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How to Get a Drug Paraphernalia Charge Dropped in Texas

How to Get a Drug Paraphernalia Charge Dropped in Texas

Drug Paraphernalia Charges In Texas

It is obvious that someone will face criminal charges for certain activities in connection with controlled substances, but you might be surprised to learn how Texas drug laws apply to the tools people use to engage in illegal misconduct. The Texas Controlled Substances Act criminalizes the possession or delivery of drug paraphernalia, and the statute is extremely broad to cover numerous acts. You could be arrested for a drug paraphernalia charge if you use an object to:

  • Plant, grow, cultivate, or harvest vegetation that constitutes a controlled substance.
  • Manufacture, produce, package, or repack contraband.
  • Compound or process materials to create an illegal drug.
  • Inhale, consume, or ingest controlled substances.
  • Engage in any application related to unlawful drug crimes.

In other words, almost any item under the sun can lead to a drug paraphernalia charge in Texas. Fortunately, the same laws that establish criminal conduct create a heavy burden for the prosecutor to secure a conviction.

There are also defenses listed in the statute, as well as many other strategies for fighting the allegations. A Houston drug crime defense lawyer can explain details on how to get a drug paraphernalia charge dropped in Texas, but some background may be useful.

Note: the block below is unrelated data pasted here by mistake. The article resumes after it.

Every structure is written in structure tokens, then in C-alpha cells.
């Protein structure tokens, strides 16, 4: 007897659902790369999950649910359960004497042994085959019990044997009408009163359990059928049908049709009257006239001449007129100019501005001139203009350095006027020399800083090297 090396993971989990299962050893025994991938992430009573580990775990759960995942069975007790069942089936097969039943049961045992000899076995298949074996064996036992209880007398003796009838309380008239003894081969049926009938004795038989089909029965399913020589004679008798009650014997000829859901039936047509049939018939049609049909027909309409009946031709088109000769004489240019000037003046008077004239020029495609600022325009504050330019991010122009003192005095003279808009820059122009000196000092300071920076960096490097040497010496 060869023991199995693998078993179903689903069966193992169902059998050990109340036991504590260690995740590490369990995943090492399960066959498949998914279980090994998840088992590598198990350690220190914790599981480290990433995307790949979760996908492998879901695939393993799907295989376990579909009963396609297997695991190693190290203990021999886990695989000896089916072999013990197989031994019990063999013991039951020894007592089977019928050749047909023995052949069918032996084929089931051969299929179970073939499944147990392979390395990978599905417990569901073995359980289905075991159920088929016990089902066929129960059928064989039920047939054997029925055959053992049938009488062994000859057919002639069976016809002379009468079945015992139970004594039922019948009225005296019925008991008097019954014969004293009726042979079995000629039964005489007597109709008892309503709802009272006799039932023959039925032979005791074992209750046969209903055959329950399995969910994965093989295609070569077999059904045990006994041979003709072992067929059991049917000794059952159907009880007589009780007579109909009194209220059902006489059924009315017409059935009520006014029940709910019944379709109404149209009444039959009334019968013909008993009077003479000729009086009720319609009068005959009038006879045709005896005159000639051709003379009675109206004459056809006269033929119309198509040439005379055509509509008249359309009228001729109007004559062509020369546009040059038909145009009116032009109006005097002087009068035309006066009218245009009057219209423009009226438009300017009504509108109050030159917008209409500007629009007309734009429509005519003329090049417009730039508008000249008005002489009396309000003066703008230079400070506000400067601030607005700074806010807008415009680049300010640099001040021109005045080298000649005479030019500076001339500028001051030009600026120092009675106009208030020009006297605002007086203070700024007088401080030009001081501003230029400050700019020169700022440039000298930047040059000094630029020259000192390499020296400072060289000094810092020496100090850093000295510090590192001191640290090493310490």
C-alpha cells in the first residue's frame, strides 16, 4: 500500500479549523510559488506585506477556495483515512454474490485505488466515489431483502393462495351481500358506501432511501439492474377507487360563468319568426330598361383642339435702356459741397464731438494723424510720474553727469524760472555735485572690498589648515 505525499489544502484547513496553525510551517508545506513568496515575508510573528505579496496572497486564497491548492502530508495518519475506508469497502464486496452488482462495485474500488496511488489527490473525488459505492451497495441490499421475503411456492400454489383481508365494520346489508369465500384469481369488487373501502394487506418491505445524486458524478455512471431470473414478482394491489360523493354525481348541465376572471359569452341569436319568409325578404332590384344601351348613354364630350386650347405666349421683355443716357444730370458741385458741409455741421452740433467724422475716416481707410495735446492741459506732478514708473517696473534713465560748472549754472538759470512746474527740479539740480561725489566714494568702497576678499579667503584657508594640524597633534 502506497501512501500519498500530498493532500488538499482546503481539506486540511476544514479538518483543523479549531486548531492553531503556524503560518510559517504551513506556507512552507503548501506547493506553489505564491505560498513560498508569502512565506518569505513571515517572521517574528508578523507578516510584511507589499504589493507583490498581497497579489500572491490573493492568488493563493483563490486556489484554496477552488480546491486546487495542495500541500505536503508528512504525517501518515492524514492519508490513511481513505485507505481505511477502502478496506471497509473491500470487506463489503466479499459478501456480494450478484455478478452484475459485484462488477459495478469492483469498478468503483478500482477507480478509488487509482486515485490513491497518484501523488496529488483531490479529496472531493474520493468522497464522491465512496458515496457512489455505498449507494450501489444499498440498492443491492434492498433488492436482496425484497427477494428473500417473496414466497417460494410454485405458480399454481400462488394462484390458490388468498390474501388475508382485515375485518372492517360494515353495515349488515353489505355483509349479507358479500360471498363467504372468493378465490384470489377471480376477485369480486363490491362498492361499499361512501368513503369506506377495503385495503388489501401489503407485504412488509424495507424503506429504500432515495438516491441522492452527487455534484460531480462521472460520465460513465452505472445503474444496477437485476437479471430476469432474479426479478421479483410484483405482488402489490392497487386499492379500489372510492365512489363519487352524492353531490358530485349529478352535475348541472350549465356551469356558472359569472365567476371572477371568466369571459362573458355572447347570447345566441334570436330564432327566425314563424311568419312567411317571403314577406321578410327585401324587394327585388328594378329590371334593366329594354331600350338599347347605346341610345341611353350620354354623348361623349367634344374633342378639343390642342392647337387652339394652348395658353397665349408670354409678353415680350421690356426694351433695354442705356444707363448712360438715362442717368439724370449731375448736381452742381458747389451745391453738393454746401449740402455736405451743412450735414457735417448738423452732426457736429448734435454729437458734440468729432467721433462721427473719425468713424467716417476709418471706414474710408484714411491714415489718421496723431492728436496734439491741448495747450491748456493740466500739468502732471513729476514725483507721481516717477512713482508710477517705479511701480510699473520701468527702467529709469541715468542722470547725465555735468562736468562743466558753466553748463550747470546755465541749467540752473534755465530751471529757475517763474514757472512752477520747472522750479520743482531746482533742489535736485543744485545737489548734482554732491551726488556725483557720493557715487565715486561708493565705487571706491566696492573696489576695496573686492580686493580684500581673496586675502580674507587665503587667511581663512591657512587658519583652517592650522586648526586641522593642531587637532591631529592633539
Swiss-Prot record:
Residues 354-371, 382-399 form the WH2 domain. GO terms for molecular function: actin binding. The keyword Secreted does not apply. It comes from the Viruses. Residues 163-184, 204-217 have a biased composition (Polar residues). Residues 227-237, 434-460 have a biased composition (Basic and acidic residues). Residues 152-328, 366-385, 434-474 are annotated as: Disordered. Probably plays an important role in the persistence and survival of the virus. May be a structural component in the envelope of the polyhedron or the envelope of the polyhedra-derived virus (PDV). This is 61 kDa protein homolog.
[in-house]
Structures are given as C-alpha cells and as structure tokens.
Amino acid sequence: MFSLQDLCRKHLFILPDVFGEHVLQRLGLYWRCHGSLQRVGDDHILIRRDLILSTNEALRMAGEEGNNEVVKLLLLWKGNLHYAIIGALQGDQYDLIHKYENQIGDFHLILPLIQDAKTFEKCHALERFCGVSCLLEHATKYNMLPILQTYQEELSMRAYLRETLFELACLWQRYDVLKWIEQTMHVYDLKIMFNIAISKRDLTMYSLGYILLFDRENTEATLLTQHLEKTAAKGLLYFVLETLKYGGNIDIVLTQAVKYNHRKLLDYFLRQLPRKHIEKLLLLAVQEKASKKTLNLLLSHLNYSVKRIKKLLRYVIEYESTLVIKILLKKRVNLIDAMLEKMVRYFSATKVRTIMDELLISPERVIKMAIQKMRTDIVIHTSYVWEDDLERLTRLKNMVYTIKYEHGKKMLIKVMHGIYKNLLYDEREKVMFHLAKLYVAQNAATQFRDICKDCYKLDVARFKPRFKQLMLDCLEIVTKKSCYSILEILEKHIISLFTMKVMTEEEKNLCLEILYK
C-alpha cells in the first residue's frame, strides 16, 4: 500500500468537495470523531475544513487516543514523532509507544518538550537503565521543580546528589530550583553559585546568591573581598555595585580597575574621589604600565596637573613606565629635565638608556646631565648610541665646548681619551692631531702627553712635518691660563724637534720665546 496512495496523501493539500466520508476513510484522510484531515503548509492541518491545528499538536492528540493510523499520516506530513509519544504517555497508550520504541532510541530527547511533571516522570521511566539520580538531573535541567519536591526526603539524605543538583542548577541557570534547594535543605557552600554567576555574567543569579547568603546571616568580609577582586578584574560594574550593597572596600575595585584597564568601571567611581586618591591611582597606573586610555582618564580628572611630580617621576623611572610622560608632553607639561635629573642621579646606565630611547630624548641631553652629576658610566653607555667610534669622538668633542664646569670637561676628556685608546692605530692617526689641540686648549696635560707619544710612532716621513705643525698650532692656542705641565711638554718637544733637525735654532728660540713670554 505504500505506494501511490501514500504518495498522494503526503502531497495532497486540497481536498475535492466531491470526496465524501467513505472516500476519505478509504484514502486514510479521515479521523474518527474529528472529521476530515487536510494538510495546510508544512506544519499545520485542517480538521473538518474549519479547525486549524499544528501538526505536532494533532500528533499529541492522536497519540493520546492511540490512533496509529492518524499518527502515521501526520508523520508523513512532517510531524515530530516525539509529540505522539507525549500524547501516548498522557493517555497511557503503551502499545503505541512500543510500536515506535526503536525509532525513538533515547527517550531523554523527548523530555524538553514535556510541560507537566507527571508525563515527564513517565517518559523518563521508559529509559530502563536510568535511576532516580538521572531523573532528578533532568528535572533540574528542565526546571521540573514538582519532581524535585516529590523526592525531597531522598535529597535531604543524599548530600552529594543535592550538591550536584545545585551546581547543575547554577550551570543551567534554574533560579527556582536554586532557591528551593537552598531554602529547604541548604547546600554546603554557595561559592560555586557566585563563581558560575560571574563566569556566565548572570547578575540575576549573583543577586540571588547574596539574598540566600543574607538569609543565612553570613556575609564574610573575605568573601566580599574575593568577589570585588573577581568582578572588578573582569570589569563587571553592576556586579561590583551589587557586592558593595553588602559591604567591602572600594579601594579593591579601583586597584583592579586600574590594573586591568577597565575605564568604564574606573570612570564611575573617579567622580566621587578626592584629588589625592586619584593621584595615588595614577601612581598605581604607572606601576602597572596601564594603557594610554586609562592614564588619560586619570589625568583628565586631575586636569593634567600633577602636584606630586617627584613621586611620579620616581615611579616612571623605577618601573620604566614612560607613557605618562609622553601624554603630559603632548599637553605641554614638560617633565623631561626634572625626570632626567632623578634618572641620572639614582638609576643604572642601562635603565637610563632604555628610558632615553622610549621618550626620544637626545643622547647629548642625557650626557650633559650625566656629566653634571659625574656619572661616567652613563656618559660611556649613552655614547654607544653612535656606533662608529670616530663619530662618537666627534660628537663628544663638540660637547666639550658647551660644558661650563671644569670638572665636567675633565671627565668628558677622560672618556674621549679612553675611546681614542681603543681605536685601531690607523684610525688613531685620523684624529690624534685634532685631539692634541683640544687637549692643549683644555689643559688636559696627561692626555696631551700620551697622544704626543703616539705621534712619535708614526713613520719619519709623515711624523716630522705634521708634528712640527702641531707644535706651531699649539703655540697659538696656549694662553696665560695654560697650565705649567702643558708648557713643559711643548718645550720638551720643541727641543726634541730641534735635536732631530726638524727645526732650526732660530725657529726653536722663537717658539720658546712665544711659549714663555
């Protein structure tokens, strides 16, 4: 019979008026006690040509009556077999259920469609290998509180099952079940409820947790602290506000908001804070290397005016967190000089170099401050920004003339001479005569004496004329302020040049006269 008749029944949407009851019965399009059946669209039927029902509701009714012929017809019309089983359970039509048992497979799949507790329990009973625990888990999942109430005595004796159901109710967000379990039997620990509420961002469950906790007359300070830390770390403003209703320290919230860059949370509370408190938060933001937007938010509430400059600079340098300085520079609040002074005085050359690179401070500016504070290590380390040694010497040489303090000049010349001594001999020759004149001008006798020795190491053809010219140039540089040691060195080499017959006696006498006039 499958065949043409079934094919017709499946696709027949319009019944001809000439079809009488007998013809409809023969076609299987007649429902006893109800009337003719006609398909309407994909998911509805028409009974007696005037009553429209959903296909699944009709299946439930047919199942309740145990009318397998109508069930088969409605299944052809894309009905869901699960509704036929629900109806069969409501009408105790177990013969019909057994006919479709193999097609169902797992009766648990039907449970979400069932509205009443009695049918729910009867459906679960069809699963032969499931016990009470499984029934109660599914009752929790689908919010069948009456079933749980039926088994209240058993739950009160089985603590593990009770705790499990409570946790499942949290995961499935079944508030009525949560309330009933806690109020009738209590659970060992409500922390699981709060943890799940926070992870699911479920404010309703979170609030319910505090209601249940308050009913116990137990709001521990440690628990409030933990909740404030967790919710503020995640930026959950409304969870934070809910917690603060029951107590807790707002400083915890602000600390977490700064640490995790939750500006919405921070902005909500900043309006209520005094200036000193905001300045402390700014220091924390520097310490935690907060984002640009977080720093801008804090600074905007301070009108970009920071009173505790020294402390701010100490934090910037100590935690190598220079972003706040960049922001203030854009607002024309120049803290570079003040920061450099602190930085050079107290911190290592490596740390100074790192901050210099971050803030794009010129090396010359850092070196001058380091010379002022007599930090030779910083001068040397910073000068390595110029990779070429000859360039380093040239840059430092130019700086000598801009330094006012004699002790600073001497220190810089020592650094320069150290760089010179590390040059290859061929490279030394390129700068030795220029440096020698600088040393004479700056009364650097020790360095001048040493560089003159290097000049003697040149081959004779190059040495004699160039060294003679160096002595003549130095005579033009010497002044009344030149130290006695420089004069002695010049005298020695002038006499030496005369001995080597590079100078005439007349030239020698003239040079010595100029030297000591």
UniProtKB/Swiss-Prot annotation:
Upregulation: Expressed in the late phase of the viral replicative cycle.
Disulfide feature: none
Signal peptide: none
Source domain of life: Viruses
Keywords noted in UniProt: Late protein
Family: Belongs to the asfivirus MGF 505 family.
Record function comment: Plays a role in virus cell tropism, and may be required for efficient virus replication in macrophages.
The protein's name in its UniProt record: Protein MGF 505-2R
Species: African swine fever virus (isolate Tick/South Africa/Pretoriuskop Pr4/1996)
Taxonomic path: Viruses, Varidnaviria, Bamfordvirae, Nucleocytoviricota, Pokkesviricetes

Elements the Prosecution Must Prove In A Texas Paraphernalia Case

As with any criminal case, the government is required to prove guilt beyond a reasonable doubt with respect to every essential element of the offense. There are three separate drug paraphernalia crimes defined by the Texas Penal Code:

  1. Possession. It is a crime to intentionally or knowingly possess drug paraphernalia for the purpose of consuming an illicit controlled substance.
  2. Sale or Distribution. You could be charged with a higher degree criminal offense if you intend to sell or distribute drug paraphernalia if the purpose of said drug paraphernalia is to make/sell/consume an illicit controlled substance.
  3. Sale to Minor. If you are accused of selling drug paraphernalia to a minor (person under 18 years old), then you could be facing a felony charge.

The statutory language reveals a few key points that are central to the prosecution’s burden when presenting its case-in-chief, i.e., introducing exhibits and witness testimony. You might have opportunities to get a drug paraphernalia charge dropped at this first stage of the trial by exposing weaknesses in the evidence. For example:

  • Intentional and knowing are terms that relate to your state of mind. The prosecutor must have proof that you acted with this specific intent, and it can be challenging to convince the jury what you were thinking.
  • The state must bring forward evidence to prove the object(s) is actually drug paraphernalia, under the legal definition as defined above.